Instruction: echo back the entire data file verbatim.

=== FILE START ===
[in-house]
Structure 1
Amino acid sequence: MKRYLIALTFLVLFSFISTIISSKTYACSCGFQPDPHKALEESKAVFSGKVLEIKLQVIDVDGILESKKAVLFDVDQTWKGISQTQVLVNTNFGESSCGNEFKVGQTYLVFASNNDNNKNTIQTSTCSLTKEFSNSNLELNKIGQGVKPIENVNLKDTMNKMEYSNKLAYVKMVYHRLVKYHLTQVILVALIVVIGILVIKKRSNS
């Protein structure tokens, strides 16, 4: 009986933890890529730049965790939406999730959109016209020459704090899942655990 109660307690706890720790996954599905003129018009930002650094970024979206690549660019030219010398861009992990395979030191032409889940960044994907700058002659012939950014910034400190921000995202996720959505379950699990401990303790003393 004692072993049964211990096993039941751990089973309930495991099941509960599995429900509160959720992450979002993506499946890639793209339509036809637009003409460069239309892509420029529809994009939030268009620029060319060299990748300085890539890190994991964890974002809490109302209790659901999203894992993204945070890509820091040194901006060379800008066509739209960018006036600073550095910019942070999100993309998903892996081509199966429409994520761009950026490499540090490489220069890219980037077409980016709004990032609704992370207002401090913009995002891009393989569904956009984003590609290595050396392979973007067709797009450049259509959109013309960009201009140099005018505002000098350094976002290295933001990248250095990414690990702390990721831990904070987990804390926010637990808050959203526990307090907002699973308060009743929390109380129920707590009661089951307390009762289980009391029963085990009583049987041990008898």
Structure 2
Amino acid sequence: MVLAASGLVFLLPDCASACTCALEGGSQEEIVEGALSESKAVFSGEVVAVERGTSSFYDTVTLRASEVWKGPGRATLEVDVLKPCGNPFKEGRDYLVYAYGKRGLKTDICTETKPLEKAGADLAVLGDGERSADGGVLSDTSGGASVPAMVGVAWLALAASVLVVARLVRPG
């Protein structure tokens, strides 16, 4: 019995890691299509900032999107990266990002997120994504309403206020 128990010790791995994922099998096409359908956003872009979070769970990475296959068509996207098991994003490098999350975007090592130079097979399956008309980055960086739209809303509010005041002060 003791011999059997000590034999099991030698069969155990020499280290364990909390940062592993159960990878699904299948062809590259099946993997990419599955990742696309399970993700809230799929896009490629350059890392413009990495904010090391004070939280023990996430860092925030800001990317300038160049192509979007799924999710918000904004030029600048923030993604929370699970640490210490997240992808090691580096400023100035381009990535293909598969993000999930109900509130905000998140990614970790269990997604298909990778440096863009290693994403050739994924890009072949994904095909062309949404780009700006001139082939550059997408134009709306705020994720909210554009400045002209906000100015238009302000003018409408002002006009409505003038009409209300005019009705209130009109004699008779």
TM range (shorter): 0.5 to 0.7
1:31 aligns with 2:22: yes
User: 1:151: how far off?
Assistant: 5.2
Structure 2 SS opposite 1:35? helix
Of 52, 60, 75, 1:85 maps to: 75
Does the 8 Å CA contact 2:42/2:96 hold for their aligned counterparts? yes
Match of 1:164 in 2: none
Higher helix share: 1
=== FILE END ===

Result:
[in-house]
Structure 1
Amino acid sequence: MKRYLIALTFLVLFSFISTIISSKTYACSCGFQPDPHKALEESKAVFSGKVLEIKLQVIDVDGILESKKAVLFDVDQTWKGISQTQVLVNTNFGESSCGNEFKVGQTYLVFASNNDNNKNTIQTSTCSLTKEFSNSNLELNKIGQGVKPIENVNLKDTMNKMEYSNKLAYVKMVYHRLVKYHLTQVILVALIVVIGILVIKKRSNS
């Protein structure tokens, strides 16, 4: 009986933890890529730049965790939406999730959109016209020459704090899942655990 109660307690706890720790996954599905003129018009930002650094970024979206690549660019030219010398861009992990395979030191032409889940960044994907700058002659012939950014910034400190921000995202996720959505379950699990401990303790003393 004692072993049964211990096993039941751990089973309930495991099941509960599995429900509160959720992450979002993506499946890639793209339509036809637009003409460069239309892509420029529809994009939030268009620029060319060299990748300085890539890190994991964890974002809490109302209790659901999203894992993204945070890509820091040194901006060379800008066509739209960018006036600073550095910019942070999100993309998903892996081509199966429409994520761009950026490499540090490489220069890219980037077409980016709004990032609704992370207002401090913009995002891009393989569904956009984003590609290595050396392979973007067709797009450049259509959109013309960009201009140099005018505002000098350094976002290295933001990248250095990414690990702390990721831990904070987990804390926010637990808050959203526990307090907002699973308060009743929390109380129920707590009661089951307390009762289980009391029963085990009583049987041990008898």
Structure 2
Amino acid sequence: MVLAASGLVFLLPDCASACTCALEGGSQEEIVEGALSESKAVFSGEVVAVERGTSSFYDTVTLRASEVWKGPGRATLEVDVLKPCGNPFKEGRDYLVYAYGKRGLKTDICTETKPLEKAGADLAVLGDGERSADGGVLSDTSGGASVPAMVGVAWLALAASVLVVARLVRPG
């Protein structure tokens, strides 16, 4: 019995890691299509900032999107990266990002997120994504309403206020 128990010790791995994922099998096409359908956003872009979070769970990475296959068509996207098991994003490098999350975007090592130079097979399956008309980055960086739209809303509010005041002060 003791011999059997000590034999099991030698069969155990020499280290364990909390940062592993159960990878699904299948062809590259099946993997990419599955990742696309399970993700809230799929896009490629350059890392413009990495904010090391004070939280023990996430860092925030800001990317300038160049192509979007799924999710918000904004030029600048923030993604929370699970640490210490997240992808090691580096400023100035381009990535293909598969993000999930109900509130905000998140990614970790269990997604298909990778440096863009290693994403050739994924890009072949994904095909062309949404780009700006001139082939550059997408134009709306705020994720909210554009400045002209906000100015238009302000003018409408002002006009409505003038009409209300005019009705209130009109004699008779």
TM range (shorter): 0.5 to 0.7
1:31 aligns with 2:22: yes
User: 1:151: how far off?
Assistant: 5.2
Structure 2 SS opposite 1:35? helix
Of 52, 60, 75, 1:85 maps to: 75
Does the 8 Å CA contact 2:42/2:96 hold for their aligned counterparts? yes
Match of 1:164 in 2: none
Higher helix share: 1